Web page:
You must be logged-in in order to download this resource. If you do not have an AOE account, create one now. If you already have an account, please login.Login Create Account
Great! you're all signed in. Click to download your resource.Download
I love to teach my students the magic of watercolor painting! As a watercolor artist, it’s one of my favorite lessons. I believe the success of mastering this media lies in the art of learning to trust watercolor because it’s ultimately going to do what it wants to do. This is why I often call this lesson, “embracing happy accidents!”
This lesson can become as complicated or as simple as you’d like. For secondary or more advanced students, you can follow the process as it’s written here. For younger students, you may want to limit the information, techniques, and artists you present.
I begin the lesson by introducing my students to watercolor terms, supplies, techniques, and artists. We learn vocabulary, discuss the different types of brushes, papers, and paints, and look at master artists. We discuss why certain paintings are so enjoyable and I demonstrate ways in which artists can creatively manipulate watercolor to play with value and color mixing.
Did you know that AOE has a Studio: Painting – Watercolor course? It’s true! Learn more about this exciting medium while creating your own art and finding new ideas for your classroom. See more, including a sample assignment, right here.
Watercolor brushes come in many shapes, sizes, and price points, and the choices can quickly become overwhelming. I recommend starting your students out with synthetic brushes. The quality is good, and they’re much less expensive than natural brushes. A small round brush, an angled brush, and a big flat brush for washes are all your beginner students will need.
When students progress to Art II or other more advanced classes, you can begin to invest in natural bristle brushes in more shapes and sizes.
Here are 8 different brushes you might consider providing.
I recommend using a watercolor paper that is at least 90lb. Best practice states that if the paper is lighter than 300lb, it should be stretched. However, I’ve found it is just as easy to mount or mat the final piece, which saves time and stress. I also recommend purchasing the highest-quality student grade watercolor paper your budget will allow because that will ensure the most successful final pieces.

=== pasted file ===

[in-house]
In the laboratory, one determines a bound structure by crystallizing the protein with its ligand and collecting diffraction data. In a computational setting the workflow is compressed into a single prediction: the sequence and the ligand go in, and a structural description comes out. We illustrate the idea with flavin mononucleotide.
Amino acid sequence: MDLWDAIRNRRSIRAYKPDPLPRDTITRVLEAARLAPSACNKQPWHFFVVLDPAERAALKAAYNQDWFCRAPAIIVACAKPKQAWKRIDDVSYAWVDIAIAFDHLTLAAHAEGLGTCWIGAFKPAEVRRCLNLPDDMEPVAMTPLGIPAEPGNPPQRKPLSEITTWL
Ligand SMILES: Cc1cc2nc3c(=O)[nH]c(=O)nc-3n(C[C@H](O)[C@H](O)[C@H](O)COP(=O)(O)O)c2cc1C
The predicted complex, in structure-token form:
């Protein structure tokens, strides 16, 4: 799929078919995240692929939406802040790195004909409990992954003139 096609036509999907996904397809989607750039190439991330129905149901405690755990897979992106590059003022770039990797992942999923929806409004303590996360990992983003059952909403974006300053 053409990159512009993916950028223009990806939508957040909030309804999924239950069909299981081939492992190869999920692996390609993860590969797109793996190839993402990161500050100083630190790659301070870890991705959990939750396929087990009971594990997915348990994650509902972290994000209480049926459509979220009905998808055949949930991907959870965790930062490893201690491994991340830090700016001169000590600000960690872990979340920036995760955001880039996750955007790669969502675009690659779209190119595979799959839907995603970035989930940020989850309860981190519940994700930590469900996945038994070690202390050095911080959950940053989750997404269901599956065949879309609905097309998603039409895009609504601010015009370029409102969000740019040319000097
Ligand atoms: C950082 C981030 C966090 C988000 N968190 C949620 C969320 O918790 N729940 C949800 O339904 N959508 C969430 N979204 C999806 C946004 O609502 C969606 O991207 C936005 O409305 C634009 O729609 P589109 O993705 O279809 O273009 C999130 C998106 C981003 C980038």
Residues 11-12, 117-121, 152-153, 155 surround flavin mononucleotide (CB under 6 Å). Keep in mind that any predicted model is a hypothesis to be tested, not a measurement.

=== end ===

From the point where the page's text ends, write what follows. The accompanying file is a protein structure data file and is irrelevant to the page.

When choosing paper, consider the following 3 factors.
Watercolor paint is made with a pigment that is then mixed with a binder. Binders are what hold the pigment together. Different types of paint use different types of binders. Watercolor paints are more vibrant and transparent because watercolor has fewer fillers and the binder, which is usually gum Arabic, is absorbed by the paper. Therefore more color can show on the surface of the paper or board.
Watercolors contain both pigment and a binder. Pigment provides the color while binders hold the pigment together. Watercolors are more vibrant and transparent because the binder in them is weaker compared to other types of paint.
3 Types of Watercolor Paint to Explore
For even more information about watercolor paints and how to use them in the classroom, be sure to check out the following PRO Learning Packs! (As your administrator to purchase PRO for your school today!)
Watercolors have been around for ages. However, the Golden Age of Watercolor ran from the mid-1700s to the mid-1800s.
Here is a list of 20 watercolor masters through time you may want to share with your students for inspiration.
Next, I like to have students experiment with the watercolor paint to see what effects they can create. (You can find fourteen different techniques to try with your students in this article from our archives.)
Have your students fold their paper horizontally four times and vertically four times, so they have sixteen spaces to experiment and play. (Limit this number for younger students.) I give students a handout laying out several techniques, such as wet-on-dry, wet-on-wet, resist, drip, gradated values, salt, alcohol, white ink pen, saran wrap pull, paper towel prints, etc.
I have students select sixteen and practice each one in a specific rectangle on their paper. By giving students this time to experiment and play with watercolor, it frees them up for the actual art lesson. It also teaches them that watercolor “bleeds” can be very interesting and that, often, the looser they are with the paint and water the more successful and creative their final pieces will be.
Once we complete our experimentation days, we move into the actual lesson.
This lesson teaches students about the power of experimenting and playing with materials as they create unique paintings. When they are all hung in a hallway exhibit, they are simply breathtaking!
How do you teach watercolor techniques in your classroom?
Do you think adding in time for experimentation with media is an important element to a successful lesson?
Magazine articles and podcasts are opinions of professional education contributors and do not necessarily represent the position of the Art of Education University (AOEU) or its academic offerings. Contributors use terms in the way they are most often talked about in the scope of their educational experiences.